Slavery; an Atrocity
In the 18th and 19th centuries, autobiographical accounts of ones life were very commonplace. However, nothing shocked and enthralled a much-divided America more than, Narrative of the Life of Frederick Douglass, an American Slave. From the first page, it engrosses the reader in a world of atrocities. The text, one could go as far as to say, defines slavery in America. The book provides insight into the minds and motives of Southern slave owners, the hardships of everyday slave life, and the attitude of Northerners at the time.
"Slaves know as little of their ages as horses know of theirs (47)." Frederick Douglass accounts in his thrilling and morbid firsthand account of slavery in the south. Douglass lets the reader look at slavery in a style that reflects the desperation of slave life. Points covered range from the exploitation of slave women by their white masters to the violent treatment, and in some cases murder of slaves, to the back-breaking labor and lack of personal time.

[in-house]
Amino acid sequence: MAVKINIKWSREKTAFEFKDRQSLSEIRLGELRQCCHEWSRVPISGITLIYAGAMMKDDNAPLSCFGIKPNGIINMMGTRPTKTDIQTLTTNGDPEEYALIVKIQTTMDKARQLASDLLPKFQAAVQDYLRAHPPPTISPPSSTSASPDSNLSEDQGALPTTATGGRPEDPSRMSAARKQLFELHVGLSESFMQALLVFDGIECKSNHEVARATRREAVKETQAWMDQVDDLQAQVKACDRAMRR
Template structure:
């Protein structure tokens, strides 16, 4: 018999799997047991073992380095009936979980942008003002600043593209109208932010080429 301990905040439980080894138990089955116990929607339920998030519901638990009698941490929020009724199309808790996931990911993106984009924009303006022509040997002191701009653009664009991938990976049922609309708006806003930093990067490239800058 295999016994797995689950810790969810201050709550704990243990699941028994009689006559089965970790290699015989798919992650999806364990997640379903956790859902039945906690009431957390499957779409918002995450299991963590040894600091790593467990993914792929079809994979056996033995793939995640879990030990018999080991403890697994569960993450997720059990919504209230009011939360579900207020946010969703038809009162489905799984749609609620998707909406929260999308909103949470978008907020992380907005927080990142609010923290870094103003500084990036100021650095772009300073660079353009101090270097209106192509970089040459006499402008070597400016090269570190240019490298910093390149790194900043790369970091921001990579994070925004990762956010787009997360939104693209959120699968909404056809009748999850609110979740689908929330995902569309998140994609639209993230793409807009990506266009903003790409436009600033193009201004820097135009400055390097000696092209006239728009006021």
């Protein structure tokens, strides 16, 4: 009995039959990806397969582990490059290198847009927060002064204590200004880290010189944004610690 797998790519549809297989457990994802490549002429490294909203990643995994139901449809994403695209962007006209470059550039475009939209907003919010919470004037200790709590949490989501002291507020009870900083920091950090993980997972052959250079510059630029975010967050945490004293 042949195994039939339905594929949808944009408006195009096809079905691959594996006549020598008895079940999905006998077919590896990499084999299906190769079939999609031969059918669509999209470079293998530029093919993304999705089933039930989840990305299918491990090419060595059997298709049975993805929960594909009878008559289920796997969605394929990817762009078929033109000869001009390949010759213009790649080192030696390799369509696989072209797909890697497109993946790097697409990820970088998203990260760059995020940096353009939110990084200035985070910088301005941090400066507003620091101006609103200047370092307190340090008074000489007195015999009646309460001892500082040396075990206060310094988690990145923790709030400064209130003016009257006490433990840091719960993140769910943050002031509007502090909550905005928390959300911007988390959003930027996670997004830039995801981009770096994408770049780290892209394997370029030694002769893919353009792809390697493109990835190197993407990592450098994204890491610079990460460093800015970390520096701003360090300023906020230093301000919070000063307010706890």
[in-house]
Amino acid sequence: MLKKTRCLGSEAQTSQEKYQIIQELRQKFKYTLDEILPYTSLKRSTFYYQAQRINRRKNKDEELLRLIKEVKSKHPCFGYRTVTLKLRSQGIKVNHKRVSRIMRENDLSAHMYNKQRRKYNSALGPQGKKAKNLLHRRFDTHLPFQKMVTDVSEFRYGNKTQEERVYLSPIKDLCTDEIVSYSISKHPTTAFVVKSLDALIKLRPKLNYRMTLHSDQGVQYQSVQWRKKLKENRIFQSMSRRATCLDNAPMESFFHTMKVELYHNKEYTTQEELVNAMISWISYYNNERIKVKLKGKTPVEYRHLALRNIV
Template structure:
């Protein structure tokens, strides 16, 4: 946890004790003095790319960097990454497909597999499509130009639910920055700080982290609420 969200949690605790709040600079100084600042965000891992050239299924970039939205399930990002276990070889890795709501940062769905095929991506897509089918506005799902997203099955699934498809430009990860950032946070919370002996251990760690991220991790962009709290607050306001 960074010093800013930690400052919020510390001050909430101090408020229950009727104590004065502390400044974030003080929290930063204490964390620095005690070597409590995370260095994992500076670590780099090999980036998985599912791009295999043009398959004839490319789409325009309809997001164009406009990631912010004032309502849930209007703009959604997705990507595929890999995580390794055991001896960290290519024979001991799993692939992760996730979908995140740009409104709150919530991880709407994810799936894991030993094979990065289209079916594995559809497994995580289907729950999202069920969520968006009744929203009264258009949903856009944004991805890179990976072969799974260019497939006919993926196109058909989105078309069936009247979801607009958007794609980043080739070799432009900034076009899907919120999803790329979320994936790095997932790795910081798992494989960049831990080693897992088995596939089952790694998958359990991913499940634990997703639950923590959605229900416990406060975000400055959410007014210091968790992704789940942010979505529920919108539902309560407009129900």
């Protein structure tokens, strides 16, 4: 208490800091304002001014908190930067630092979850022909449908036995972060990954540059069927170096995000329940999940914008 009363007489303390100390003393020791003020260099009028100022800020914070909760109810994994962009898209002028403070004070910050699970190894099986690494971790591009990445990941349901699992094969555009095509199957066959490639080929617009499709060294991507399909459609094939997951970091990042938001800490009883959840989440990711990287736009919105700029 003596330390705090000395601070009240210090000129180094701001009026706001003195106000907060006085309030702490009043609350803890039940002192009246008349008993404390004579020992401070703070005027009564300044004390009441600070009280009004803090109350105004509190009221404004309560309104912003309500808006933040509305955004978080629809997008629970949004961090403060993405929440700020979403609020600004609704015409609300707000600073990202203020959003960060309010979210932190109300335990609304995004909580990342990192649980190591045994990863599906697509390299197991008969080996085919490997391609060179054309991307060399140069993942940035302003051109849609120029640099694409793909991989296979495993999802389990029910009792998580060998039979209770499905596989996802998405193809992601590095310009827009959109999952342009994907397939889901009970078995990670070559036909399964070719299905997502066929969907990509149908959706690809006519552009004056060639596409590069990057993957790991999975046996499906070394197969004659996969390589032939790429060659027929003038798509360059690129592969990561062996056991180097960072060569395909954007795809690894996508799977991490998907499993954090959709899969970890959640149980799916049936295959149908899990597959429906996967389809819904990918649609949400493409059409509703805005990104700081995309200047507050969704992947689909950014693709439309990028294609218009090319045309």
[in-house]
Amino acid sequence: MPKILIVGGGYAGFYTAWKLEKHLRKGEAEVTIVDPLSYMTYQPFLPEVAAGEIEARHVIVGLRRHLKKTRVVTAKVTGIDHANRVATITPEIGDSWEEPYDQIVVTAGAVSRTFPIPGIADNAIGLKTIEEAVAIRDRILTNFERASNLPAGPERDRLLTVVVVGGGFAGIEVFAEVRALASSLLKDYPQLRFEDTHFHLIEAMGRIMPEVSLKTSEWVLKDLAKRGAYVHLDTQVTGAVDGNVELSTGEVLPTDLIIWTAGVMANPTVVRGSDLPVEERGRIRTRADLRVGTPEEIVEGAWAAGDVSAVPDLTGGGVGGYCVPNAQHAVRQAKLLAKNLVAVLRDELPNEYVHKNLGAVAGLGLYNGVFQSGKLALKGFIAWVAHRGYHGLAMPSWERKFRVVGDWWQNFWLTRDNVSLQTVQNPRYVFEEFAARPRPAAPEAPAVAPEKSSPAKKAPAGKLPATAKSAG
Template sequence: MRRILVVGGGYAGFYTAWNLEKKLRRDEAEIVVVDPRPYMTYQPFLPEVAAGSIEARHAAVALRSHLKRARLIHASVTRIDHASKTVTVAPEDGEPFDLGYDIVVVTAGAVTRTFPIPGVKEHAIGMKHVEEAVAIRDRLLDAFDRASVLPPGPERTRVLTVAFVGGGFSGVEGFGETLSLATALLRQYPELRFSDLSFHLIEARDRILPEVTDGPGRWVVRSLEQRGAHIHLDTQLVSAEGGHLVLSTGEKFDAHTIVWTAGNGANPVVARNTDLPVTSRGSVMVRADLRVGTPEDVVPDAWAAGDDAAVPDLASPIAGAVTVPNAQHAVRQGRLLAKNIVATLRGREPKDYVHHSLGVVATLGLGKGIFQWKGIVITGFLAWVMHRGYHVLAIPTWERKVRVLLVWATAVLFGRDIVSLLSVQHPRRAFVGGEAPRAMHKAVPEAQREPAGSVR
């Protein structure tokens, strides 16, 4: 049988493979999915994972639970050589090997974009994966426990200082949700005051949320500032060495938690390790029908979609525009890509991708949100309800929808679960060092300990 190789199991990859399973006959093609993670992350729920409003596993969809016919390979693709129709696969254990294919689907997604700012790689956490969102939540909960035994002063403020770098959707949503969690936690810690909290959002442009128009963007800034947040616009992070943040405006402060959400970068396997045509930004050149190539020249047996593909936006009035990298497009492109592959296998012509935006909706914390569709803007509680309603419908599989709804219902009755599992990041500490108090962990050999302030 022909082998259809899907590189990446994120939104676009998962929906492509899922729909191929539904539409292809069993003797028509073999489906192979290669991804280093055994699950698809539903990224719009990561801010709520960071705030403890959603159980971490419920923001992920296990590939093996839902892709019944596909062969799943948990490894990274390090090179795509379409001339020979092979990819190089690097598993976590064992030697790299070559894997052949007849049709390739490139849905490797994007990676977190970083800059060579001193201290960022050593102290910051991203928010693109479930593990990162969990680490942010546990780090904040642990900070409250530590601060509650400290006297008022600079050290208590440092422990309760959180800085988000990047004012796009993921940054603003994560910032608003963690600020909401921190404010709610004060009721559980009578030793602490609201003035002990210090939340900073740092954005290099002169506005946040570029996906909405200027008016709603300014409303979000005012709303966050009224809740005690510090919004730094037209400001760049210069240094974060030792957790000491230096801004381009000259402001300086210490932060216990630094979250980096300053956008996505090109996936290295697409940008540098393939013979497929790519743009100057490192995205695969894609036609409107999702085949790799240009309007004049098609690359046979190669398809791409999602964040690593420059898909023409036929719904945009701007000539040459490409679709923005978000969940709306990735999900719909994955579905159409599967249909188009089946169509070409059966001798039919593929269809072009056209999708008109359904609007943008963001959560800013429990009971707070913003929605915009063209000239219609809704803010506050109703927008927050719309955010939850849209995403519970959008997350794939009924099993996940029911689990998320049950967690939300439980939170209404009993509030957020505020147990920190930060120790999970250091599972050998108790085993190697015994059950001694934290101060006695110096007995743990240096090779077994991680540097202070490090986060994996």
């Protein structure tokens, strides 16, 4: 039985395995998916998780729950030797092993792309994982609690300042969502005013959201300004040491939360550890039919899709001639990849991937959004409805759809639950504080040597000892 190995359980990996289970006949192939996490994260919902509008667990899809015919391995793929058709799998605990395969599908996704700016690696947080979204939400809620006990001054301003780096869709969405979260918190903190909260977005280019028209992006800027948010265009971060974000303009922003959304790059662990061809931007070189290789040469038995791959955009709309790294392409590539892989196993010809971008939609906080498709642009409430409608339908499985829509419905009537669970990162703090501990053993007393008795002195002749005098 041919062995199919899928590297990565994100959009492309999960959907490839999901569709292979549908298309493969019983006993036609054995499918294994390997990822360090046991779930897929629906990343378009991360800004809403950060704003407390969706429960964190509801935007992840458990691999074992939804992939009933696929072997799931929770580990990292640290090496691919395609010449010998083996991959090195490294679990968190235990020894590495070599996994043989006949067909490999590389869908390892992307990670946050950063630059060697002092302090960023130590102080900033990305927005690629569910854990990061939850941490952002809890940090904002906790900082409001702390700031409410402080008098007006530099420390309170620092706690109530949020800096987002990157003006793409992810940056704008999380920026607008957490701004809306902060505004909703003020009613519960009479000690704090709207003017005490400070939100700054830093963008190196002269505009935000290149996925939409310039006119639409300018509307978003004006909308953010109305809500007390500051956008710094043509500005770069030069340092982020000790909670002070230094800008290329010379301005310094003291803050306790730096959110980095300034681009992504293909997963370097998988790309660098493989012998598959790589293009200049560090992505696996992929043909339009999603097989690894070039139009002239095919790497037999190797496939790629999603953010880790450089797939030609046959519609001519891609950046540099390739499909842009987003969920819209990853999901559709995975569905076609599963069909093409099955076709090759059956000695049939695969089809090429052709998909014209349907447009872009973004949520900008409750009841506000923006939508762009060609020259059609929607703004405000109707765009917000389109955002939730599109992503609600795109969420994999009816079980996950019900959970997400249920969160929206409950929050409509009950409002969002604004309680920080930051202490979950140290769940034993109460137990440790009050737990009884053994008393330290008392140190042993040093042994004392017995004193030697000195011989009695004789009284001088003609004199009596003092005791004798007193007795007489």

The biography includes chilling accounts of his mother. She walked twelve miles every night to see him, in infancy, and when she died, Douglass was not even allowed to witness her burial. This was common practice in those times, but to the modern reader, this is quite appalling. Douglass' life was only made more complicated by the accusation that his master, Captain Anthony, was also his father. The treatment of these 'mixed' children was often worse than that of regular slave children due to the fact that the mistress of the house felt animosity towards them. As a result, Frederick had to face the wrath of Captain Anthony's wife. What made Douglass' experiences truly unique was the fact that he learned how to read and write. Most slaves were killed if...